The list of what Paul Hawken hasn’t done is probably shorter than the list of what he has.
Book author? Check. He’s got six of them. Magazine writer? Yep — his credits include the Boston Globe, Harvard Business Review, and Mother Jones. He’s also been on the Today show, Larry King Live, and Talk of the Nation, and he’s been presented with seven honorary degrees. Oh, and business owner? He’s got several under his belt.
Recently, the staff at Dolphin Blue began questioning the buying practices of our government, and evaluating their overall impact on sustainability. As more corporations continue to manufacture their goods in foreign countries, many tax-supported agencies have jumped on the “low-cost” bandwagon, creating a governmental bidding system with little regard to sustainability. To answer some of our questions, we consulted with our in-house expert, Dolphin Blue Founder & President, Thomas Kemper.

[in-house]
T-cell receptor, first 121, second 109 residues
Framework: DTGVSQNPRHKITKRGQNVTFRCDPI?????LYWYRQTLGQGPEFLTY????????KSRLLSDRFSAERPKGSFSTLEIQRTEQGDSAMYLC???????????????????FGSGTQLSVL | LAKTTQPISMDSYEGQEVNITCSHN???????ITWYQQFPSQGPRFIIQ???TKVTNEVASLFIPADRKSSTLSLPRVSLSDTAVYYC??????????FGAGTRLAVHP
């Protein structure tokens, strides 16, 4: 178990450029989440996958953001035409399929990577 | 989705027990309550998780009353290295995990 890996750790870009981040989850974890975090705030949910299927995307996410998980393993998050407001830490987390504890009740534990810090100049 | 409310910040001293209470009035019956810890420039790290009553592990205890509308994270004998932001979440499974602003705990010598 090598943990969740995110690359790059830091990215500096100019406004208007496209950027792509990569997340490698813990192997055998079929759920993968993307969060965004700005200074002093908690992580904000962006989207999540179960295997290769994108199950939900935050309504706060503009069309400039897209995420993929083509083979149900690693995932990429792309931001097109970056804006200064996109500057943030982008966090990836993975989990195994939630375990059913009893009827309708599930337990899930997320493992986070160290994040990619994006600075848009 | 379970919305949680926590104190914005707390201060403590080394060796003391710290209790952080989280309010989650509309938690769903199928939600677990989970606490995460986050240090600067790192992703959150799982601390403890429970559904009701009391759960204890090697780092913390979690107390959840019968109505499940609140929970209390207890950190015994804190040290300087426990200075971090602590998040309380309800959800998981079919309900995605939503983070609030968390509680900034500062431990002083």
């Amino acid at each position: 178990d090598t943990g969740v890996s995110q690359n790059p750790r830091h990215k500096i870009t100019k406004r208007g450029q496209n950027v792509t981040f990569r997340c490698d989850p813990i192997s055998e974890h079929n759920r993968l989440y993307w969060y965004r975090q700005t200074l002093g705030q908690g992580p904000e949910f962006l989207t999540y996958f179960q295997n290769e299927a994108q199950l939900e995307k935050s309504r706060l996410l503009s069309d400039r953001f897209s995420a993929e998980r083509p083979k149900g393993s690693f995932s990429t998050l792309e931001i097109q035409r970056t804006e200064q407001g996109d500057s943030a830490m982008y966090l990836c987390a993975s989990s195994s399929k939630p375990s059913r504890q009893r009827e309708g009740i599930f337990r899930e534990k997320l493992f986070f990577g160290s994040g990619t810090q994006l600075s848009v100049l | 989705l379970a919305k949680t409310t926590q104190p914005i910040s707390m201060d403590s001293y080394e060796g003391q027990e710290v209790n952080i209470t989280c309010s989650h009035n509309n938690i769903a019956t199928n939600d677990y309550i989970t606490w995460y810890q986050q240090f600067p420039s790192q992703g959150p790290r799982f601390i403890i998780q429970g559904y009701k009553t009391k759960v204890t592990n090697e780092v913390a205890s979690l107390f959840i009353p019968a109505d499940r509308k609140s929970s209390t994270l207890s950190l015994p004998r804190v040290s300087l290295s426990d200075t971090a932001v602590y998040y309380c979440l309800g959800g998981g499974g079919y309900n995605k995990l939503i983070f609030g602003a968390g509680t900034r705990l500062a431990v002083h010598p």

Most people don’t change overnight — but then again, most people aren’t like Ray Anderson. He was in his 60’s when The Ecology of Commerce, a book by Paul Hawken, fortuitously landed on his desk. The founder of Interface Inc., the world’s largest producer of commercial floor coverings, Anderson thumbed through it, hoping to glean a nugget of inspiration for an upcoming speech he was giving on his company’s environmental vision. What he found was more than a nugget — and way more than something for a one-time-only presentation.
Having just read Michael Ruppert’s Confronting Collapse, I find this article from The Guardian to be very timely – one that serves as a wake-up call for all of us, particularly those who play an important role in determining our energy future.
Do you think that today’s business leaders are aware of the potential impact of depleting oil on the world’s economic future?
Tom Kemper is founder and president of Dolphin Blue, Inc. and is an activist in environmental causes.
During a 60-Minutes broadcast on CBS (February 18, 2010), Bloom Energy was described as amajor innovation in fuel cell technology. The Bloom fuel cell is composed of relatively inexpensive materials, and it produces electricity from oxidation of natural gas or bio-gas.